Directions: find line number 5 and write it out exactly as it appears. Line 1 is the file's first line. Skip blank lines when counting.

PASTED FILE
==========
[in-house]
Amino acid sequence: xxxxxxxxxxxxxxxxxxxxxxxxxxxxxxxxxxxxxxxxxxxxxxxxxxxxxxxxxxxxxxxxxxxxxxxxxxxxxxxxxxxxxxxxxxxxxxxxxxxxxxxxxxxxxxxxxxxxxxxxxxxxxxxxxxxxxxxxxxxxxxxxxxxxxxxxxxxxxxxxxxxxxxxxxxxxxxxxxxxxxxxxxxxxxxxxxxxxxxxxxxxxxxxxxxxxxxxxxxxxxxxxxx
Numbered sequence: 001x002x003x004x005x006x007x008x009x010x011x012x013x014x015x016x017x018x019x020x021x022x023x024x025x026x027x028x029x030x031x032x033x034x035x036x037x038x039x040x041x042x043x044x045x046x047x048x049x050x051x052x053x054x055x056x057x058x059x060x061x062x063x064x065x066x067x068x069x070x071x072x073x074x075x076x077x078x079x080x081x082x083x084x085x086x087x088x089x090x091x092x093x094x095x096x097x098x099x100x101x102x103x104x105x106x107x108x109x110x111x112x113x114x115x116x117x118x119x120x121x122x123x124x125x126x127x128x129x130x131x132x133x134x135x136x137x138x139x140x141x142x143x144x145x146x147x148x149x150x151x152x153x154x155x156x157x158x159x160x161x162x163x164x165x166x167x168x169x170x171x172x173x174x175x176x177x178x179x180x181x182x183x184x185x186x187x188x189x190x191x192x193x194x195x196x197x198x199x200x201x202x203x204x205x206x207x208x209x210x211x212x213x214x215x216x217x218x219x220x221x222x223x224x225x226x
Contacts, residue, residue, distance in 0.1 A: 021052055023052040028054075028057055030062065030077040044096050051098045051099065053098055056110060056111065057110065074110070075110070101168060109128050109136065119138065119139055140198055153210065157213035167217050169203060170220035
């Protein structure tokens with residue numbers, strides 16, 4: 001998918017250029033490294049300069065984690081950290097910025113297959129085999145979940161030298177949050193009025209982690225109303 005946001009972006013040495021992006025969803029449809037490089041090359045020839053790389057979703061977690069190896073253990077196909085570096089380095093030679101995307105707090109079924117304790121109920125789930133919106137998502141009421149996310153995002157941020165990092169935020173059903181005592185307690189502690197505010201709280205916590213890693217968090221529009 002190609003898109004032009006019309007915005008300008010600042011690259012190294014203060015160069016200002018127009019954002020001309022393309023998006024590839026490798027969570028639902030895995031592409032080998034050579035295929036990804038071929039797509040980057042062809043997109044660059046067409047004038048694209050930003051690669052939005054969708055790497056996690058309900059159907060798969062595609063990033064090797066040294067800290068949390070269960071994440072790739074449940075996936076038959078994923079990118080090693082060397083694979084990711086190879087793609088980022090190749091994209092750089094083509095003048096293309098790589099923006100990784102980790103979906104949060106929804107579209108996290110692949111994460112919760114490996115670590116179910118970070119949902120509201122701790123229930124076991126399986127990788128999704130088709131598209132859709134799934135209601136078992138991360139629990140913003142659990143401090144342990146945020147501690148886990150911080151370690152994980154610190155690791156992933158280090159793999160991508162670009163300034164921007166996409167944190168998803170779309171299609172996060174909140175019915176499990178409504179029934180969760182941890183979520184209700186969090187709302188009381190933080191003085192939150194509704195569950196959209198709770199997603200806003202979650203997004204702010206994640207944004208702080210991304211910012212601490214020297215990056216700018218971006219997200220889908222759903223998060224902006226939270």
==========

């Protein structure tokens with residue numbers, strides 16, 4: 001998918017250029033490294049300069065984690081950290097910025113297959129085999145979940161030298177949050193009025209982690225109303 005946001009972006013040495021992006025969803029449809037490089041090359045020839053790389057979703061977690069190896073253990077196909085570096089380095093030679101995307105707090109079924117304790121109920125789930133919106137998502141009421149996310153995002157941020165990092169935020173059903181005592185307690189502690197505010201709280205916590213890693217968090221529009 002190609003898109004032009006019309007915005008300008010600042011690259012190294014203060015160069016200002018127009019954002020001309022393309023998006024590839026490798027969570028639902030895995031592409032080998034050579035295929036990804038071929039797509040980057042062809043997109044660059046067409047004038048694209050930003051690669052939005054969708055790497056996690058309900059159907060798969062595609063990033064090797066040294067800290068949390070269960071994440072790739074449940075996936076038959078994923079990118080090693082060397083694979084990711086190879087793609088980022090190749091994209092750089094083509095003048096293309098790589099923006100990784102980790103979906104949060106929804107579209108996290110692949111994460112919760114490996115670590116179910118970070119949902120509201122701790123229930124076991126399986127990788128999704130088709131598209132859709134799934135209601136078992138991360139629990140913003142659990143401090144342990146945020147501690148886990150911080151370690152994980154610190155690791156992933158280090159793999160991508162670009163300034164921007166996409167944190168998803170779309171299609172996060174909140175019915176499990178409504179029934180969760182941890183979520184209700186969090187709302188009381190933080191003085192939150194509704195569950196959209198709770199997603200806003202979650203997004204702010206994640207944004208702080210991304211910012212601490214020297215990056216700018218971006219997200220889908222759903223998060224902006226939270």